Even scarier is that I've read some accounts that say those bonds had Puts embedded in them as part of standard issue. Meaning the banks might have to buy them back even if there wasn't fraud. There is speculation, and it's speculation, that banks agreed to the buy back provision (a Put) as part of the accounting shenanigans that let them take those bonds off their balance sheet.
But unfortunately, the "freeze" is just another fraud - and like the other bailout proposals, it has nothing to do with U.S. house prices, with "working families," keeping people in their homes or any of that nonsense.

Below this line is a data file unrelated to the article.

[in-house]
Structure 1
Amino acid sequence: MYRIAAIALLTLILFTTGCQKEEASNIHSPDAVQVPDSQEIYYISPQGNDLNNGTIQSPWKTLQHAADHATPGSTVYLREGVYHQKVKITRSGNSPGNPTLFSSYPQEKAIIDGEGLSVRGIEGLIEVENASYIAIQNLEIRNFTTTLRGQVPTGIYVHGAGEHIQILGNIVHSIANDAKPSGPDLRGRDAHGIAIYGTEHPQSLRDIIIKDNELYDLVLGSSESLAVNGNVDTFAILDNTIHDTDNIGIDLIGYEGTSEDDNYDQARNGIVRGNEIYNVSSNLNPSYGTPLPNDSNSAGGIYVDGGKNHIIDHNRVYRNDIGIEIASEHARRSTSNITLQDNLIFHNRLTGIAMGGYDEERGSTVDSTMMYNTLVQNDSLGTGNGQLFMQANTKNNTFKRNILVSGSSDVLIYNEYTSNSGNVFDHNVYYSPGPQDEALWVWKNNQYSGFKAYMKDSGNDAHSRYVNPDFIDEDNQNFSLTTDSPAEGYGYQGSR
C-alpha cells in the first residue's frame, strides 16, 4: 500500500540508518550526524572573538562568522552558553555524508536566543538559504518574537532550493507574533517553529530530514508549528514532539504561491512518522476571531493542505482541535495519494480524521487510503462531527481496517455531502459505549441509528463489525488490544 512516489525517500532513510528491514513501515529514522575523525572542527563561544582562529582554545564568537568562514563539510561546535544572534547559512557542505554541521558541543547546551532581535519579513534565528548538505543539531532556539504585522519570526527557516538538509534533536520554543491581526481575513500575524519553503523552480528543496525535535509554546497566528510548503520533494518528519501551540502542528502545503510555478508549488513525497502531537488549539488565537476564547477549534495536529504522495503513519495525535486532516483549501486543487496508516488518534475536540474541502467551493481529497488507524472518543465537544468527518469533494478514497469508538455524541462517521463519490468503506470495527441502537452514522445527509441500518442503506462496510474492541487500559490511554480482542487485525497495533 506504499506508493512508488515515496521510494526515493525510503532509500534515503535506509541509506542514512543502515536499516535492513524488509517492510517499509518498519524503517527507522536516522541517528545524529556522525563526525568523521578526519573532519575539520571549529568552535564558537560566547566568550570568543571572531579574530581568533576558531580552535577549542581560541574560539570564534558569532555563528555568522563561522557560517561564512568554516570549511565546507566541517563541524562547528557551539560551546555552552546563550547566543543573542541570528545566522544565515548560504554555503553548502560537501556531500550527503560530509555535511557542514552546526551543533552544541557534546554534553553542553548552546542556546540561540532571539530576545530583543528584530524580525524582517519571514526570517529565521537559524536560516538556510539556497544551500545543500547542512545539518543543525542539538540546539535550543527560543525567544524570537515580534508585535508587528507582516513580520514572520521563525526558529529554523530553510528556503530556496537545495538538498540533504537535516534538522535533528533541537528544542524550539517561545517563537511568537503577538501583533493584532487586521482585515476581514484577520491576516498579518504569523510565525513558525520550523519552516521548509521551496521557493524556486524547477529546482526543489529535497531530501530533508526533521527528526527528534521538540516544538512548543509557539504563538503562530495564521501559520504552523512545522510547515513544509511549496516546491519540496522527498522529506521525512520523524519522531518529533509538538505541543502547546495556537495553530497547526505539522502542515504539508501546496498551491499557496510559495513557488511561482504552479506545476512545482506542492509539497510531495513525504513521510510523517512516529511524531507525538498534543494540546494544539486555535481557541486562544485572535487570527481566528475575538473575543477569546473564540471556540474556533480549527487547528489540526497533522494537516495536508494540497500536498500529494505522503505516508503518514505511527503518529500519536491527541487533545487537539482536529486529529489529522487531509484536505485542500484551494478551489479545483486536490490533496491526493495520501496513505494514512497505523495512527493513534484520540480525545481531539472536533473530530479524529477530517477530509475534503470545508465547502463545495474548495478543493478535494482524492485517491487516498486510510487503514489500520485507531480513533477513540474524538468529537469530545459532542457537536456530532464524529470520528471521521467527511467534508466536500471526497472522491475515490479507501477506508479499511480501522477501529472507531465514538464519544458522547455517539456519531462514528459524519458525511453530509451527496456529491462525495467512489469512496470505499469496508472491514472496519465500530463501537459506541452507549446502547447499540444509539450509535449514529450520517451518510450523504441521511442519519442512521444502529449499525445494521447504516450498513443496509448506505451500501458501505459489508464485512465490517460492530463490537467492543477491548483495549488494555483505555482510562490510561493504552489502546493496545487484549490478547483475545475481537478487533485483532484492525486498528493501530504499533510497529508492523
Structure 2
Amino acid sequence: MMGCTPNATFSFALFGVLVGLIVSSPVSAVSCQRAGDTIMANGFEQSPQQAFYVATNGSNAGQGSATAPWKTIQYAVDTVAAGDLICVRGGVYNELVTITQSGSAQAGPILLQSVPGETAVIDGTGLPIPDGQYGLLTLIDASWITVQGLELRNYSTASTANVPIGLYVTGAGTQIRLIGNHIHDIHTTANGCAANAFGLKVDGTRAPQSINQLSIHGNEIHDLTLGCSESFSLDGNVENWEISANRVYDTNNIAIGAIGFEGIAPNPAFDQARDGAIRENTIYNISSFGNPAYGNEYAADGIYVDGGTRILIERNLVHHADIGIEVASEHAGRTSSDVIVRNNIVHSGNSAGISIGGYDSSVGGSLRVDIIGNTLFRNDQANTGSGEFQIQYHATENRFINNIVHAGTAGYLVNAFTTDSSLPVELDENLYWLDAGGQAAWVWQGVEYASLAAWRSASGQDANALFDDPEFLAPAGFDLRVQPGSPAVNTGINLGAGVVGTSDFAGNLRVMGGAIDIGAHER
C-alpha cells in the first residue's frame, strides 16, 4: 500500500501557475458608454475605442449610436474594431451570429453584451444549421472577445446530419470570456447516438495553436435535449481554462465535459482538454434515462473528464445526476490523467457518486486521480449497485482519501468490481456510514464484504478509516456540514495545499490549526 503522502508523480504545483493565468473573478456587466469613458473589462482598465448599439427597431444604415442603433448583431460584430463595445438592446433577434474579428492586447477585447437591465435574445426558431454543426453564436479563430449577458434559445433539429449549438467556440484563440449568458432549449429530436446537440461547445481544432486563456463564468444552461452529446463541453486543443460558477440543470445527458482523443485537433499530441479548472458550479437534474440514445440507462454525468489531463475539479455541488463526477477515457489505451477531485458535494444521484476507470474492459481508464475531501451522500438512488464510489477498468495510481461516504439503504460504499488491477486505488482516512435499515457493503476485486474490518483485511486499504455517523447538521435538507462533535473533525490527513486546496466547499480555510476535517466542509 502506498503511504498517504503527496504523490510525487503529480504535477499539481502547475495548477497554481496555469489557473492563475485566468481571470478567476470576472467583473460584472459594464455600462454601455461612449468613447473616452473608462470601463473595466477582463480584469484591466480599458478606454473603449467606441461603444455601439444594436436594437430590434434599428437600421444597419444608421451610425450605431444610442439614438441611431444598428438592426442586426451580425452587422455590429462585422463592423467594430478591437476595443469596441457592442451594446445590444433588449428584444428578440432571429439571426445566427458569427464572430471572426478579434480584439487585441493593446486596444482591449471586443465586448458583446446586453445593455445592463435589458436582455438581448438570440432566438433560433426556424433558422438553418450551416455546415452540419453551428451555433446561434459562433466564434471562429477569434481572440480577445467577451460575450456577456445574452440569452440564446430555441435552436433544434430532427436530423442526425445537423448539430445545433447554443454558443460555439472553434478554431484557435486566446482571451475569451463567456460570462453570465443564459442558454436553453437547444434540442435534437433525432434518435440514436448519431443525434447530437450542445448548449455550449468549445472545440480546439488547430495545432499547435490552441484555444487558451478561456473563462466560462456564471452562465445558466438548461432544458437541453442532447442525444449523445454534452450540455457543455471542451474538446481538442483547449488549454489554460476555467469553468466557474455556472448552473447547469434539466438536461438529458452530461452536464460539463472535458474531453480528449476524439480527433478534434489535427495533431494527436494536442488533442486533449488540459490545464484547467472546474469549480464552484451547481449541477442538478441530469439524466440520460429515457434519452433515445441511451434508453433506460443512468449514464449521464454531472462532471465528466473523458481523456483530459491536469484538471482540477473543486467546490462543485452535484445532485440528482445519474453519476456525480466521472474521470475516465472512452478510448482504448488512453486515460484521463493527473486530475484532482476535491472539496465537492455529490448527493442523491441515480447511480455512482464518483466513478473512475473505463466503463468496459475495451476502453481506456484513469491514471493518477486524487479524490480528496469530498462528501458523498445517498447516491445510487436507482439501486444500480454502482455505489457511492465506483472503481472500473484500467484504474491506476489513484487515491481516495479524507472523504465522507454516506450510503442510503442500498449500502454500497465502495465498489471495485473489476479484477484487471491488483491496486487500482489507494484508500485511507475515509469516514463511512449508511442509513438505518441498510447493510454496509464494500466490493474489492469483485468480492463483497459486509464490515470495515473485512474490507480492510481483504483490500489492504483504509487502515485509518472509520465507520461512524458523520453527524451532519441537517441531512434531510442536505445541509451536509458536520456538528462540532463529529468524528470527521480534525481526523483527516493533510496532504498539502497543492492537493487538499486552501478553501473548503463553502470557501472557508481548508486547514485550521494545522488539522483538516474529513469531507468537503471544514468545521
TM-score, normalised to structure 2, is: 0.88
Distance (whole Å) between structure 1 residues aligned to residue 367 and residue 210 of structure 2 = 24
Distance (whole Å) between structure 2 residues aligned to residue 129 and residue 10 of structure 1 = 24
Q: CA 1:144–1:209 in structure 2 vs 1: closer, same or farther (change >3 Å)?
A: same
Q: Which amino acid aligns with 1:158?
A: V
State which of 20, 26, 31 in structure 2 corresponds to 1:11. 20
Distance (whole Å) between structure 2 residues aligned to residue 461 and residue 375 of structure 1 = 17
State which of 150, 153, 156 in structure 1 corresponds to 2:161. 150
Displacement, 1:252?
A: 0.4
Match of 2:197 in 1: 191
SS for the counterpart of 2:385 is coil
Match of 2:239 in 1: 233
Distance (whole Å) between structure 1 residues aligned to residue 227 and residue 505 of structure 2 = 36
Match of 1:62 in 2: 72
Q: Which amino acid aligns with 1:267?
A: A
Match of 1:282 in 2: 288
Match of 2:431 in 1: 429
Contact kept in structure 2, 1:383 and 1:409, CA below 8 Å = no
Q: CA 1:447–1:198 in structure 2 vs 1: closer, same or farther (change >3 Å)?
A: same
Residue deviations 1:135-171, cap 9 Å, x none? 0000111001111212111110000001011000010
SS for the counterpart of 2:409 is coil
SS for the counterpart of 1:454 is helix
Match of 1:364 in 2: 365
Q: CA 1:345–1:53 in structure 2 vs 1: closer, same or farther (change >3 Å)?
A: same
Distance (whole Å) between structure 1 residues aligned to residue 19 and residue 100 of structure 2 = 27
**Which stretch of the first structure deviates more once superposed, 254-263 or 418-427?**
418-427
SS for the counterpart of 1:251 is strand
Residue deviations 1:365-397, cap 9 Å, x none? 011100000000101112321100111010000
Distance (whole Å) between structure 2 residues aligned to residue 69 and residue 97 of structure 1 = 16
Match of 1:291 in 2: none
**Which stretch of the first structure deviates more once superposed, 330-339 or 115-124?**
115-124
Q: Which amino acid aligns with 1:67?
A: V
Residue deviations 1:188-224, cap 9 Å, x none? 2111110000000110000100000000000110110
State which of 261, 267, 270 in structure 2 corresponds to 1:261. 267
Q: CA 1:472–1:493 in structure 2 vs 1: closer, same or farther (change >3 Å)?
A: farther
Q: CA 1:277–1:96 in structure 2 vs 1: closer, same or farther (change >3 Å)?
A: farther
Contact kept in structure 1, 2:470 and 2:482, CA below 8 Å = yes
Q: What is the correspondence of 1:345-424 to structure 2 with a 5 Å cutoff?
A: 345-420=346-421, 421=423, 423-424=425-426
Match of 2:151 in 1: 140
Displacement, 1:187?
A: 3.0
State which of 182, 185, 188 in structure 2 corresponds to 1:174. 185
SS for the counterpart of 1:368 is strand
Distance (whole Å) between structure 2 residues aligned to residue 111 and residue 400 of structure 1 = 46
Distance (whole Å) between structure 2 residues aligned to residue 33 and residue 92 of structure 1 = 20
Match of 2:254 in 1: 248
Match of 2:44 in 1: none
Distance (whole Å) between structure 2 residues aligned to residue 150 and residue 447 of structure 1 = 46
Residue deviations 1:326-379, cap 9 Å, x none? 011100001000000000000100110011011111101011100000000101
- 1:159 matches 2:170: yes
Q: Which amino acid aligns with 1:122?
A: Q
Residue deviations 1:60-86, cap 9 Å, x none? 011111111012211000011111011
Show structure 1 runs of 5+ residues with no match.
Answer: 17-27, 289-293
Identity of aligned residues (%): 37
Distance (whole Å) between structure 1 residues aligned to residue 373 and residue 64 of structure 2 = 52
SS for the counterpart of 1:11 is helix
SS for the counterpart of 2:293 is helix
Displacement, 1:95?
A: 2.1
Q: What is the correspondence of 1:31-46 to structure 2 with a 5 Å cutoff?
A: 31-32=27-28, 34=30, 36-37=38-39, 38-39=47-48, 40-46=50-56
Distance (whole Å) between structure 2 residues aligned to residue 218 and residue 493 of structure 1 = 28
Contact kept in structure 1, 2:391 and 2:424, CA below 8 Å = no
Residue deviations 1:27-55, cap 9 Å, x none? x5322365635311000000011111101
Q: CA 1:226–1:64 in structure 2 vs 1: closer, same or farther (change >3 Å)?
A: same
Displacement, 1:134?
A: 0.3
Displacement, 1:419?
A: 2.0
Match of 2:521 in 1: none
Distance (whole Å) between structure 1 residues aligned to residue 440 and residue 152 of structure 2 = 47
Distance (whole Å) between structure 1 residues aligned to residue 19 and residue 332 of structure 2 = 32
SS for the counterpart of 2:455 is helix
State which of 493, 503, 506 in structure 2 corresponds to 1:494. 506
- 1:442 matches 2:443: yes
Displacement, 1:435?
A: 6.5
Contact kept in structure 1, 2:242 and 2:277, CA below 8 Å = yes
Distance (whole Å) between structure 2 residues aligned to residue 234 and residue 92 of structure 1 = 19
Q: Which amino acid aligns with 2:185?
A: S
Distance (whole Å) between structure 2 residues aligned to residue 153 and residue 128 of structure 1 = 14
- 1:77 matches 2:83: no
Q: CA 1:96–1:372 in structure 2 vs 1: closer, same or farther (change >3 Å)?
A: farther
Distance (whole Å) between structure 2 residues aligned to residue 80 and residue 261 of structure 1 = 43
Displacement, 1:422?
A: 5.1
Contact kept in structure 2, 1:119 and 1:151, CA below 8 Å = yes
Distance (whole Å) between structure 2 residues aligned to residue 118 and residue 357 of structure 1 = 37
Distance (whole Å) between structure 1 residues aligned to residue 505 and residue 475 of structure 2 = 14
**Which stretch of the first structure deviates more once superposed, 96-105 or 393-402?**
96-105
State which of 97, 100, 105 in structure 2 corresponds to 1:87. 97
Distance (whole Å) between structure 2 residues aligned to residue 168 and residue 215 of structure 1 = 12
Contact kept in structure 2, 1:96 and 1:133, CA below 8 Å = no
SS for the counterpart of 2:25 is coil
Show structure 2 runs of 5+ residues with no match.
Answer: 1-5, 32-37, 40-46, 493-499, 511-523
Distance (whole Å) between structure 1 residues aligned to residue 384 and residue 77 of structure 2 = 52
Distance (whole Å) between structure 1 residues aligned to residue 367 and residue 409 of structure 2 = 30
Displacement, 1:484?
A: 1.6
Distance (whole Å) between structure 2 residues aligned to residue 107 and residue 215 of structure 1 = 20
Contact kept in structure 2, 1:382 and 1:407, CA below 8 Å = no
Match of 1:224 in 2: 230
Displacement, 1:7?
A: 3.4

The sole goal of the freeze is to prevent owners of mortgage-backed securities, many of them foreigners, from suing U.S. banks and forcing them to buy back worthless mortgage securities at face value - right now almost 10 times their market worth.
The ticking time bomb in the U.S. banking system is not resetting subprime mortgage rates. The real problem is the contractual ability of investors in mortgage bonds to require banks to buy back the loans at face value if there was fraud in the origination process.